Even when it came to the dispute over the attempt to force London-based euro denominated clearing houses to relocate to within the Eurozone – a proposal conceived by the ECB and the Bank of France – Barnier did not in any way seek to defend the integrity of the single market despite this coming directly under his remit. More widely, he often sought to drive integration of the Eurozone financial markets with little wider regard for the EU’s single market and the rights on non-Eurozone states. Conversely, while the bankers’ bonus cap was pushed by the European Parliament as its price for accepting CRD IV, Barnier gave it his active support.
Another criticism of Barnier was that in focusing so much of his attention on financial services he neglected the single market more broadly (his brief was for the entire internal market remember), for example the Services Directive has still not been fully implemented across the EU despite being adopted in 2006.
When it comes to financial services it is likely he will be a tough customer, but it’s not clear whether he will aim to be directly punitive. Of course, the potential pressure from his home state of France also has to be considered; it has overtly courted banks and financial institutions to relocate from London to Paris in the wake of Brexit.
While Barnier’s appointment suggests that financial services will be a key feature of the Brexit negotiations (in particular the question of passporting rights), it is worth bearing in mind Barnier’s political experience extends more widely. He also served as France’s Foreign Minister (2004-05) and Agriculture Minister (2007-09), European Commissioner for Regional Policy (1999-04). He was also a member of the European Parliament (2009-10). This means he has experience in other areas which will feature prominently during the Brexit negotiations including agriculture and the EU budget. His various roles also mean that he understands the different and often competing perspectives of member states, the Commission and the European Parliament.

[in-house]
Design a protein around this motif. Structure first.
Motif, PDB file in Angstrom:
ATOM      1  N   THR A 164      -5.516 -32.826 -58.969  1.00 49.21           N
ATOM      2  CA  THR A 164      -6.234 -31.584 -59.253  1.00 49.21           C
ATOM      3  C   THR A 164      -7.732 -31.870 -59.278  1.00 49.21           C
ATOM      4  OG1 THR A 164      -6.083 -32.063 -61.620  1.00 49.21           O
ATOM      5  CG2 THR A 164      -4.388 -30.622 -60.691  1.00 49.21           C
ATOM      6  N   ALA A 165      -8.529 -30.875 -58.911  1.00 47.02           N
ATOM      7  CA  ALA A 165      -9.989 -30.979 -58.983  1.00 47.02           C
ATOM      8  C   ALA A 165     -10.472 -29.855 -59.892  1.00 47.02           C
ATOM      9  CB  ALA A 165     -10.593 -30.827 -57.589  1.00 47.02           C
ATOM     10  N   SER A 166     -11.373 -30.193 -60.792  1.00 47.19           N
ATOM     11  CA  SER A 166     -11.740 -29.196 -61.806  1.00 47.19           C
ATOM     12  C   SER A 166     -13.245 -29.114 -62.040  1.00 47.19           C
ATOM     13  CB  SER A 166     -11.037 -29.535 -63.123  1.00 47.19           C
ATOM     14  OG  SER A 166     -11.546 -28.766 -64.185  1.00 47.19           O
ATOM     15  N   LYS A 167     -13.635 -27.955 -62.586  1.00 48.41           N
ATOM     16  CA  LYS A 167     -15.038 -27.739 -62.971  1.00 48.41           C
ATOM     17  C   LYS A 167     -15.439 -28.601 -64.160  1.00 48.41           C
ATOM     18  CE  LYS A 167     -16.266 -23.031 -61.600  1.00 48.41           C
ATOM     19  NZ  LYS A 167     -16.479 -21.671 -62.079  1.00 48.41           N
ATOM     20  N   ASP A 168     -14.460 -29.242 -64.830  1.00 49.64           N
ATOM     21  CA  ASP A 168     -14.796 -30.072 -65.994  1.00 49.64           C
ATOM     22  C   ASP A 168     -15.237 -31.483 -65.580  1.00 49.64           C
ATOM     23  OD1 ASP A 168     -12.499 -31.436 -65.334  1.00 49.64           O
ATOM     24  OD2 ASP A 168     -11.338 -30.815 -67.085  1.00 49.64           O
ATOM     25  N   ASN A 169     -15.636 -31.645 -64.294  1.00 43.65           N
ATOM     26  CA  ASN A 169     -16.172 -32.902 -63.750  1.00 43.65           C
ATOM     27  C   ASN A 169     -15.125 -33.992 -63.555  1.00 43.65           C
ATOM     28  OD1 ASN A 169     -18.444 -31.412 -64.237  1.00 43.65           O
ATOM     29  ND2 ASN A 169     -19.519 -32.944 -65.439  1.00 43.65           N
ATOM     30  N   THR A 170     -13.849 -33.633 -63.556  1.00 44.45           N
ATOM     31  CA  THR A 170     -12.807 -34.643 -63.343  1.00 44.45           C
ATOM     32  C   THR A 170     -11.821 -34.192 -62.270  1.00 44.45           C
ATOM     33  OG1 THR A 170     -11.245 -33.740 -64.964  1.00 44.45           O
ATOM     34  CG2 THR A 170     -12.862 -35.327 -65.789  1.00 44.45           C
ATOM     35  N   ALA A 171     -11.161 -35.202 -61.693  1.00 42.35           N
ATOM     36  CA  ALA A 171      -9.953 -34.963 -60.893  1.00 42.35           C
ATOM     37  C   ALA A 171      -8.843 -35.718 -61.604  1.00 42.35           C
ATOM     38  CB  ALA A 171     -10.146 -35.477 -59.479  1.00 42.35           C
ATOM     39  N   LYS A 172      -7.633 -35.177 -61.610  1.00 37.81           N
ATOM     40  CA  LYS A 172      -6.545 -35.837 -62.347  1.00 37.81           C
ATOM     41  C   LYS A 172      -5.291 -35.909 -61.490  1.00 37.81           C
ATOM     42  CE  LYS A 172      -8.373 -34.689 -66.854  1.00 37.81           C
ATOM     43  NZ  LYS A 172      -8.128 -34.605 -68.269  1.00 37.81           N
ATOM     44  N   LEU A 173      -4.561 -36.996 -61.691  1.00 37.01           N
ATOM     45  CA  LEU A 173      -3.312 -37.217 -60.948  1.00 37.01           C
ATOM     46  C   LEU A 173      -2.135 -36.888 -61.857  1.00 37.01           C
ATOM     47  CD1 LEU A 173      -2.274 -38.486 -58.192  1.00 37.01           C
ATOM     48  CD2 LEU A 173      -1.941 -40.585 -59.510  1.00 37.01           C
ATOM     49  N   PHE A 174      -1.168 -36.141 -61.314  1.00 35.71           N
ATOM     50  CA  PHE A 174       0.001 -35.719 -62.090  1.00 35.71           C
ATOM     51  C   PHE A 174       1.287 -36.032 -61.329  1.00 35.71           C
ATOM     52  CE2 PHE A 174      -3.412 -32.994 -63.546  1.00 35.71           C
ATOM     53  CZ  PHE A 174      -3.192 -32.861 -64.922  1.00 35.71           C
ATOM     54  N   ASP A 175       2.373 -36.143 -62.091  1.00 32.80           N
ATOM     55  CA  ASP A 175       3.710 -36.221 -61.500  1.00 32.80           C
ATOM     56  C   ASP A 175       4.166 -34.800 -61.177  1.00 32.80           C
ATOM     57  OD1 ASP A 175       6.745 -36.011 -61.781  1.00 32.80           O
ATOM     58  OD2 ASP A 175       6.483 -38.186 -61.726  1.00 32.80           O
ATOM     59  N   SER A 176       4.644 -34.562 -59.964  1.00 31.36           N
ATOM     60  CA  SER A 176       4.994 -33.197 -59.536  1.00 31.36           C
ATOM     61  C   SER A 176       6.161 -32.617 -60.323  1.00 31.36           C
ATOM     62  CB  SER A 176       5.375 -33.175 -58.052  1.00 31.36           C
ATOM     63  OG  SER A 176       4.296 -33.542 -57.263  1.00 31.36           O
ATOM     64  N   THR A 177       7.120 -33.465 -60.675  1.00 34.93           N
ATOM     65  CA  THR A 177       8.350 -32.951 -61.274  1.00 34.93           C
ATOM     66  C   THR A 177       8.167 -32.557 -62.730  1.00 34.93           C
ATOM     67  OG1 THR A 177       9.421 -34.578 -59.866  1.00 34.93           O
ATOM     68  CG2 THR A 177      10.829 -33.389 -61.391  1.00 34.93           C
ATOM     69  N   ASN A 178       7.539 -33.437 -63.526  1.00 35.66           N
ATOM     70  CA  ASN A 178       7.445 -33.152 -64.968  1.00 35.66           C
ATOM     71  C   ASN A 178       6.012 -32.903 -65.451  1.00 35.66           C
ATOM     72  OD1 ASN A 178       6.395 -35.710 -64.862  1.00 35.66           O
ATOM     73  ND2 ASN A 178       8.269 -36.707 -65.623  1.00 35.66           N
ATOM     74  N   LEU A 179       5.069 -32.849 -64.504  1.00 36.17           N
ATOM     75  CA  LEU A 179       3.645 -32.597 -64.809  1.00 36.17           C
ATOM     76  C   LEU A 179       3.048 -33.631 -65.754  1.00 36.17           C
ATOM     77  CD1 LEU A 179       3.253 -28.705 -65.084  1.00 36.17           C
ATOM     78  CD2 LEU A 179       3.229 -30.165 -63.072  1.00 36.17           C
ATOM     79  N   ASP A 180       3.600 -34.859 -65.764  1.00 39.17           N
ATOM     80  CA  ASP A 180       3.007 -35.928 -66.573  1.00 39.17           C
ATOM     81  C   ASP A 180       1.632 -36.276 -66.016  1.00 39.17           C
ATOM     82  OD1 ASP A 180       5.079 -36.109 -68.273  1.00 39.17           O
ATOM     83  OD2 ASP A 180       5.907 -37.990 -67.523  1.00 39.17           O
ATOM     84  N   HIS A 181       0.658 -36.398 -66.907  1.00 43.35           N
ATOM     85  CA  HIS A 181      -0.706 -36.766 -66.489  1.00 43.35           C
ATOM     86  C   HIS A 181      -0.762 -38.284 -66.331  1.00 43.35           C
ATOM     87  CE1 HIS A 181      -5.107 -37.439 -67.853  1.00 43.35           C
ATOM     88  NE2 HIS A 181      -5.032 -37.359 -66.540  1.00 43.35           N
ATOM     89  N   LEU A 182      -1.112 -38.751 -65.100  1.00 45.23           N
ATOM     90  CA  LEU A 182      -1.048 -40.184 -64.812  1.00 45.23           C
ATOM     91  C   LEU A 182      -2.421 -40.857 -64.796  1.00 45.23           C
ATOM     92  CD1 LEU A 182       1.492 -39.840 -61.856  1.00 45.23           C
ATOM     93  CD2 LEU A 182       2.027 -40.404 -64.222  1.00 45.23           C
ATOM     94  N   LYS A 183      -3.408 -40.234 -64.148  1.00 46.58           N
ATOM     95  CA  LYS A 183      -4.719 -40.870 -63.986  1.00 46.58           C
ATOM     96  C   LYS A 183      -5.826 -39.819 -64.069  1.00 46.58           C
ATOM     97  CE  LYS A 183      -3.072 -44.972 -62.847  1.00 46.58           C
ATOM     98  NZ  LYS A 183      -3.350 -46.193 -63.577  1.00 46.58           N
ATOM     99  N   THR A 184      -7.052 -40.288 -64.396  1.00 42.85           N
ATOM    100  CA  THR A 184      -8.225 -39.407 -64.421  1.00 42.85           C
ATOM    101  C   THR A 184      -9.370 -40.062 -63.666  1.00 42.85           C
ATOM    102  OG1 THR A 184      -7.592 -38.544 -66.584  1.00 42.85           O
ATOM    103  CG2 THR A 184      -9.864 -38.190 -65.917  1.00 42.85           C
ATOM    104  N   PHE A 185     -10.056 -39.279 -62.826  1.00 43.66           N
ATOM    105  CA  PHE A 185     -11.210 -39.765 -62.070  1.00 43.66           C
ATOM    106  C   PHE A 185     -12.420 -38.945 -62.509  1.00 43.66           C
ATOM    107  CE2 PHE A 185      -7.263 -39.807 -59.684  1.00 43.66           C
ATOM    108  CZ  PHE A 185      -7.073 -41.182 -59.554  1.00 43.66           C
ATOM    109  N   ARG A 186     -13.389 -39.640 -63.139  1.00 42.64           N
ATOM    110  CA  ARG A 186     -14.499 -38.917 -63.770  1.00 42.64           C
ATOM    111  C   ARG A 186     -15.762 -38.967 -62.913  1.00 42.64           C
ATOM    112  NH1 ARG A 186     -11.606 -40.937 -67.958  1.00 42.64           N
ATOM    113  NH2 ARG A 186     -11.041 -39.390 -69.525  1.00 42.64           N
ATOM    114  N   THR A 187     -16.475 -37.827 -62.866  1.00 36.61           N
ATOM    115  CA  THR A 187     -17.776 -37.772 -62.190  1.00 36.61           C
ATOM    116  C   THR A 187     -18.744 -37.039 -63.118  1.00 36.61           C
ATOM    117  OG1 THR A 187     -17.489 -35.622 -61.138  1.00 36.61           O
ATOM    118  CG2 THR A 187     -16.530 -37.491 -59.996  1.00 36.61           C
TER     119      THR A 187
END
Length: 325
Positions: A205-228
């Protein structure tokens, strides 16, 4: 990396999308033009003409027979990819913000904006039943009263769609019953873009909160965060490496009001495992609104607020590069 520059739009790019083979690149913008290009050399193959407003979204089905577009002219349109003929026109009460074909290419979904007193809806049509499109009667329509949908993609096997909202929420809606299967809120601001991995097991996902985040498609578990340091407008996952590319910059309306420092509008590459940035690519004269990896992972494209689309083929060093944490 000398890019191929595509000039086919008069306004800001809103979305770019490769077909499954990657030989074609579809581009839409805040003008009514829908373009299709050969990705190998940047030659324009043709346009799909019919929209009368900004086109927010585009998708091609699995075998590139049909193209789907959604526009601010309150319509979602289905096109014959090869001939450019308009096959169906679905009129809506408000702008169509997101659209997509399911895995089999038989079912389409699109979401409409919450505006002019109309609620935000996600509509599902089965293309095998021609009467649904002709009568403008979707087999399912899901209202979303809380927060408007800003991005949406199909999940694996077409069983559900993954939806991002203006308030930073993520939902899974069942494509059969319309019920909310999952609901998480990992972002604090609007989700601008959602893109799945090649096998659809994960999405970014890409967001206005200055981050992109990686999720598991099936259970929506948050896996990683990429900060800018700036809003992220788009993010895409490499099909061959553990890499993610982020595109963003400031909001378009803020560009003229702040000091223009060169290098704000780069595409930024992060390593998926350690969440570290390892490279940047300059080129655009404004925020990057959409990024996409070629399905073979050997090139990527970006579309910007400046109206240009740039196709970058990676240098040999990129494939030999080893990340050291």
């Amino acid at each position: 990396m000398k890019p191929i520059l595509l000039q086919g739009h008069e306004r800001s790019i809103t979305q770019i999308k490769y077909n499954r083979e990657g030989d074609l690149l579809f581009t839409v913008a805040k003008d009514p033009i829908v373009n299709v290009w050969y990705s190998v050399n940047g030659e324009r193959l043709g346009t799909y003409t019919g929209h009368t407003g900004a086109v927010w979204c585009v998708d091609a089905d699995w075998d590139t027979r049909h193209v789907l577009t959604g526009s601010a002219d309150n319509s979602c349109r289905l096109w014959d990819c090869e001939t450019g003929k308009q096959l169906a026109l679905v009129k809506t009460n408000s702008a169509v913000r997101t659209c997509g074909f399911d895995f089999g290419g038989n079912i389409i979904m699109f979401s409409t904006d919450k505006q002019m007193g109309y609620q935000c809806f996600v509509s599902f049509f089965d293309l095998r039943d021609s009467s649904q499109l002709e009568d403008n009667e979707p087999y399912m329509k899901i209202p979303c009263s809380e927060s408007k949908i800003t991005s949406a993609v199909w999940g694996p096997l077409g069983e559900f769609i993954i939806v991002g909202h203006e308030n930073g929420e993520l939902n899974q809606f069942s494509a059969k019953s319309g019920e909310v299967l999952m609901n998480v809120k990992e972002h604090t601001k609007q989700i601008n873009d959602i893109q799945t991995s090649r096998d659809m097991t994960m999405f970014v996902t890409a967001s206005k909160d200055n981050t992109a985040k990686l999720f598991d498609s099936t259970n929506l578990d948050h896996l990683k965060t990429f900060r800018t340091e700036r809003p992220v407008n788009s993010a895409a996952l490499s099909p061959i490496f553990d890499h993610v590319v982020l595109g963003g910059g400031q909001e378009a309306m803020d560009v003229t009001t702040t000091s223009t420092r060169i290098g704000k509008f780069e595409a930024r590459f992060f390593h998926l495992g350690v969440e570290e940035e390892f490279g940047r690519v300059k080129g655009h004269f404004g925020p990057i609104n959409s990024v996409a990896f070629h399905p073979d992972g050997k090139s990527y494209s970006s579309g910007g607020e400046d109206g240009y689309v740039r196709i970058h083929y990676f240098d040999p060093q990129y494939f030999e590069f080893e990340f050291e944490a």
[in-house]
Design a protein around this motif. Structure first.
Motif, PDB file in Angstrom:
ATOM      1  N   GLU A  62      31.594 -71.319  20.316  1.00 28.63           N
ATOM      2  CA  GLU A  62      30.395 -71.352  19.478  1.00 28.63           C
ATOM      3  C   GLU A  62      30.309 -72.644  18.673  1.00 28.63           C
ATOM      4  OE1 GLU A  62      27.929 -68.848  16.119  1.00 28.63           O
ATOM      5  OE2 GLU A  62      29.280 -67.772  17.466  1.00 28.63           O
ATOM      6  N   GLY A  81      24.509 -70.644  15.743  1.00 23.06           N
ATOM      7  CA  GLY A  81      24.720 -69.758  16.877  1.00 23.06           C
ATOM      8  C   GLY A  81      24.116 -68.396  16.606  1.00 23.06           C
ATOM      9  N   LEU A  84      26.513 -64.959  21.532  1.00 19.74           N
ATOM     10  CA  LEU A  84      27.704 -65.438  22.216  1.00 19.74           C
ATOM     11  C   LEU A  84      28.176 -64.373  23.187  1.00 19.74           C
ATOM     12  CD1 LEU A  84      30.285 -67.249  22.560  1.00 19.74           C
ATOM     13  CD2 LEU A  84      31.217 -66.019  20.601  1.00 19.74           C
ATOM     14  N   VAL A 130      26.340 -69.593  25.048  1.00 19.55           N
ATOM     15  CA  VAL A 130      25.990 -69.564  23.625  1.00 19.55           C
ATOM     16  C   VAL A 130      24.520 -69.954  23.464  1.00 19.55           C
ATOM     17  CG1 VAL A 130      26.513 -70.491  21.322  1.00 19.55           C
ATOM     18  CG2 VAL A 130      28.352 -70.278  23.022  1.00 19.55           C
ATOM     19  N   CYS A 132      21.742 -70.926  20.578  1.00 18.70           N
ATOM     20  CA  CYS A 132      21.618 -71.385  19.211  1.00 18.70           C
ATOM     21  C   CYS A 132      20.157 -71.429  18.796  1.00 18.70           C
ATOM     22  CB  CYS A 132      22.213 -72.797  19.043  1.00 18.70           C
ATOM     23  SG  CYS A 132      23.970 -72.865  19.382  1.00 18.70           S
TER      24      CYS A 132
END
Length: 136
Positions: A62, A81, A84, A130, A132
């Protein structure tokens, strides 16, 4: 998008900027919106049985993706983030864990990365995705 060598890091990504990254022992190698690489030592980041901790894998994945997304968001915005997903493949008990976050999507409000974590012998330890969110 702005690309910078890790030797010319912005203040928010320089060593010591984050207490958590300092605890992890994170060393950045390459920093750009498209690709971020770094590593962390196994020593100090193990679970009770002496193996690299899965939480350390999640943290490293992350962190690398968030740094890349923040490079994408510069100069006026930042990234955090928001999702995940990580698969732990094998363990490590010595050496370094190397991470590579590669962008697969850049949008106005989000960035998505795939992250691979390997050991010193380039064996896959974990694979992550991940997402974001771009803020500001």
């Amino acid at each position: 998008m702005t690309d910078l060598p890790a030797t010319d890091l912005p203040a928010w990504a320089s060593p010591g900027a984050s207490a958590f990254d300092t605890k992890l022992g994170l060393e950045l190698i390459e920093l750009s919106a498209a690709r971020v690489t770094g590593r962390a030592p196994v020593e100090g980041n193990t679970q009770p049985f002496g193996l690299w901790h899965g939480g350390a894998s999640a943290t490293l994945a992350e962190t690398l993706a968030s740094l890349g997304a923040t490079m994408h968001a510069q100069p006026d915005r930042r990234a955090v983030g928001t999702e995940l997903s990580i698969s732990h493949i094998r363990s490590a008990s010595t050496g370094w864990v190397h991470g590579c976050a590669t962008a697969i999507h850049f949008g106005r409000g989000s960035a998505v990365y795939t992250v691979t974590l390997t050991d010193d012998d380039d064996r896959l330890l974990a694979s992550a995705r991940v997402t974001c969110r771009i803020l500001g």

Article 50 states that the exit agreement between the EU and a departing member state “shall be concluded on behalf of the Union by the [European] Council, acting by a qualified majority, after obtaining the consent of the European Parliament”, and the Council has already appointed the veteran Belgian diplomat Didier Seeuws to lead its own internal Brexit task-force. Given the high stakes and political sensitivities around Brexit member states will want to maintain close oversight of the process as opposed to leaving it to the Commission (some member states place a large share of the blame for Brexit at the door of the Commission in the first place). In the end, it is the member states that set the negotiating mandate for the EU, meaning Barnier (as well as Juncker and his UK-sceptic Chief of Staff Martin Selmayr) could find their hands tied somewhat.
That said, given the level of technical detail involved, the Commission will be closely involved in the Brexit talks as was also the case during David Cameron’s renegotiation. For example, returning to the question of financial services, it will be up to the Commission to determine (pressure from the Council notwithstanding) whether post-Brexit the UK regulatory system is deemed equivalent to that of the EU (if the UK seeks to go down this path to try to maintain access to parts of the financial services passport). This will be up to Valdis Dombrovskis, the European Commissioner responsible for Financial Services, and not up to Barnier however.